A moody yoga flow playlist with tracks by Tales of Us, Milosh, Known Rebel, Vacant and more.
Last week I sat down with the crew from Yoga Cucina to talk about the incredible passion I have for creative and intelligent sequencing, how I stay inspired and my up and coming advanced training Super Sequencing, which breaks down the hows and whys behind creating classes that wake up body, mind and soul.
Read all about it:
Leader, mentor, champion of new teachers, Noelle Connolly's whip-sharp sequencing and dry-as-bones humour has informed a new wave of yoga practitioners who show up religiously to defy the laws of gravity and worship at the altar of breath. We caught up with Noelle in the midst of preparations for her upcoming Super Sequencing training at Sydney’s BodyMindLife, to find out how she stays sharp, inspired and continues to create such incredible classes.
What were you like as a baby teacher?
“Crazy! I was way too excited and wanted to put everything in one class. Now I try to pick a concept that works with the asana and layer it through the sequence in a way that is digestible for the students.”
How do you plan your classes?
“My favourite way to sequence is by family of asana – backbends, twists, arm balances – or by picking a shape like bow or triangle and threading it through the whole class.”
What makes a really great sequence?
Good planning. You can see when a teacher has really thought about the krama of the poses, how they fit together and how they progress. It doesn’t have to be fancy but it has to make sense.”
When we started teaching we really struggled to remember our class plans. You gave us an effective technique to help them stick. Can you tell us about that?
“Think, write, practice, visualise – this really works for me. I picture the class moving through the flow. I never bring a book in with me. I make a plan but once I walk through the doors I’m 100% there with the students, and adapt my plan to what they need in the moment.”
How do you stay fresh and inspired?
“I go to a lot of classes and I pay attention. I see what is being taught and what isn’t, and try to address that so it feeds back into the community. Lately I’ve been focused on the foundational movements, going back to basic poses and making people hold them so they understand how to go deeper.”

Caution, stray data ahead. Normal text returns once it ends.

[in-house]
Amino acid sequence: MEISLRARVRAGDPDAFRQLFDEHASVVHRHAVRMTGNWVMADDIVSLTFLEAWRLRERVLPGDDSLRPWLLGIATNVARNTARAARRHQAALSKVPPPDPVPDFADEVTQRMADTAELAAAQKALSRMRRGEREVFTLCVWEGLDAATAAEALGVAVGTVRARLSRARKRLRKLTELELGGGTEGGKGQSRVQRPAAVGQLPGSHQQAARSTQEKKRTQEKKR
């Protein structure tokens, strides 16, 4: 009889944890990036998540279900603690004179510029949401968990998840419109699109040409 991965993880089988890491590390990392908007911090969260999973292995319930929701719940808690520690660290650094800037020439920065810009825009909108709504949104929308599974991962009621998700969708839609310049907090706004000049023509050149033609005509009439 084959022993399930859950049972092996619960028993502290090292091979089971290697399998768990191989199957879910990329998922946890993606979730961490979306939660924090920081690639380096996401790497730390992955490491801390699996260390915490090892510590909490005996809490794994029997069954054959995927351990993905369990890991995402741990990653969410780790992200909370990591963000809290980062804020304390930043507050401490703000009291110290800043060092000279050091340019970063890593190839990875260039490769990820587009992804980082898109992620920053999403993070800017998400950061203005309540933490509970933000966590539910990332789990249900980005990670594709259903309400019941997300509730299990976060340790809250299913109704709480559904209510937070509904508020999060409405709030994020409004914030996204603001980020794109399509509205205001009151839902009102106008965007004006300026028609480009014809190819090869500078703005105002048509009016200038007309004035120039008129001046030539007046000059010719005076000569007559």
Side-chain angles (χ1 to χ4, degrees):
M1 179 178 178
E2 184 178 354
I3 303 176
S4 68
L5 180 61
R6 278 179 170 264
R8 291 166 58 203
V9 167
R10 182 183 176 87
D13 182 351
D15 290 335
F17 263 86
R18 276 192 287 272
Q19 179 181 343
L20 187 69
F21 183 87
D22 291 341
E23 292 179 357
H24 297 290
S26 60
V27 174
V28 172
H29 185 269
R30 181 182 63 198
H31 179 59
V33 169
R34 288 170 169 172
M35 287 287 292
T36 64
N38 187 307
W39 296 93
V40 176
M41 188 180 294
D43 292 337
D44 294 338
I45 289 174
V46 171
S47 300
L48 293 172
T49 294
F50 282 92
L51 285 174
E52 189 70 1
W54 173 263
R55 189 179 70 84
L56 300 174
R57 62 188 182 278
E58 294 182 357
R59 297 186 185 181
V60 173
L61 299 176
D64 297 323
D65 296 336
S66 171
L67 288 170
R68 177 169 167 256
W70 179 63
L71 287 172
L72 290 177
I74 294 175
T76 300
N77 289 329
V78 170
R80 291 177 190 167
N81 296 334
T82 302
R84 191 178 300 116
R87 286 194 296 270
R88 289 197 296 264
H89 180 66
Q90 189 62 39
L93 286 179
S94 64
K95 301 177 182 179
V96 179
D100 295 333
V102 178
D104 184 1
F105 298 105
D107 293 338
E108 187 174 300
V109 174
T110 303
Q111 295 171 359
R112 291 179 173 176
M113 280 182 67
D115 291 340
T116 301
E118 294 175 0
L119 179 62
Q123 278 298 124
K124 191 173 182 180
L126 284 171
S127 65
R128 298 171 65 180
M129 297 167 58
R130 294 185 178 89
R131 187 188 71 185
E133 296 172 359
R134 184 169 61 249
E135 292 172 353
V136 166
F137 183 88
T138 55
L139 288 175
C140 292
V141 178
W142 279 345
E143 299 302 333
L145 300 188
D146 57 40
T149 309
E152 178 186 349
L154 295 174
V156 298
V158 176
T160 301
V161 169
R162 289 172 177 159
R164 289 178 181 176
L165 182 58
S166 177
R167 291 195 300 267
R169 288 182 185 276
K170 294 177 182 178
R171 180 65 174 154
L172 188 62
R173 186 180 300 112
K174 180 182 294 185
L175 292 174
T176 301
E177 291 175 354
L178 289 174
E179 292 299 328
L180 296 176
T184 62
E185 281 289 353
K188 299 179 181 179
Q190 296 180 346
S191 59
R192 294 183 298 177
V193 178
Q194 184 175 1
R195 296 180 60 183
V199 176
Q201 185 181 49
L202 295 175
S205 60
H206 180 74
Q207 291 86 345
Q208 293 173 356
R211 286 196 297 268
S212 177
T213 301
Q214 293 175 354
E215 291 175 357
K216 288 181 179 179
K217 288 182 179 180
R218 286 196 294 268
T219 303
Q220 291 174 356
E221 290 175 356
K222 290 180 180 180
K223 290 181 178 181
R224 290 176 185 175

What makes a smart teacher?
“The best teachers are always the best students. When a teacher makes the shift from being self-focused to focusing on their students – that’s when their intelligence grows.”
Who are some of the teachers who inspire your practice?
"Simon Park. When I first started with him he had the strength of Dharma Mittra and the fluidity of Shiva Rea. Now Maty Ezraty, because she’s reignited my love of the foundational movements."
Three top tips for new teachers?
1. Keep it simple
2. Keep practising
3. Try not to take yourself too seriously
Note: Catch Super Sequencing training at Sydney’s BodyMindLife Surry Hills from August 5, 2017.
Eat your Wheaties, roll out your mat and get ready for a deep, juicy 90 minute progressive sequence focused on backbends and inversions.
- Active Child’s Pose w/ block under forehead ~ Downdog w/ block in thighs ~ Plank w/ pulsations (3x) ~ Uttanasana at back of mat ~ Tadasana~ AUM’s
- Forward fold to downdog ~ plank ~ lower to earth ~ cobra (3x) ~ downdog ~ step to top of mat ~ Tadasana w/ block in hands ~ overhead ~ fold
- Surya A 2x w/ lunge step back ~ 3x on own
- Anahatasana ~ dolphin with block in hands ~ forearm plank with pulsations ~ sphinx ~ shalabasana w/ arms extended and block in hands ~ vinyasa to downdog
- Jump through to Navasana ~ Tailbone lift flow (5x) ~ chair ~ shoulder opener ~ handstand press to vinyasa
- Surya B w/ hooked thumbs & side plank ~ vinyasa (rhythmically 3x)
- Anahatasana ~ dolphin ~ pincha mayurasana ~ dolphin ~ forearm plank ~ side forearm plank ~ forearm plank with funky peacock arms ~ both sides ~ sphinx ~ dhanurasana ~ vinyasa to downdog
- Malasana at back of mat ~ pike jumps to wrist touch ~ standing side stretch ~ standing backbend ~ padas ~ stand ~ open ~ front w/ hold ~ W3 ~ skater pose ~ standing split ~ handstand ~ lunge ~ twisted skandasana ~ skandasana w/ bind ~ skandasana w/ side stretch ~ prasarita w/ press up to inversions ~ lunge ~ flipdog ~ fallen triangle ~ vinyasa ~ repeat from malasana w/ pike jumps
- Camel Pose ~ toe stand w/ reverse prayer
- Full Vasisthasana to Urdhva Dhanurasana ~ Funky Visvamitrasana ~ pigeon w/ raja kapotasana ~ Funky Peacock ~ Updog ~ Downdog ~ Repeat
- Hollowbacks at wall both Handstand & Pincha ~ Shoulderstand at wall ~ Legs up the wall ~ supta badha w/ feet on wall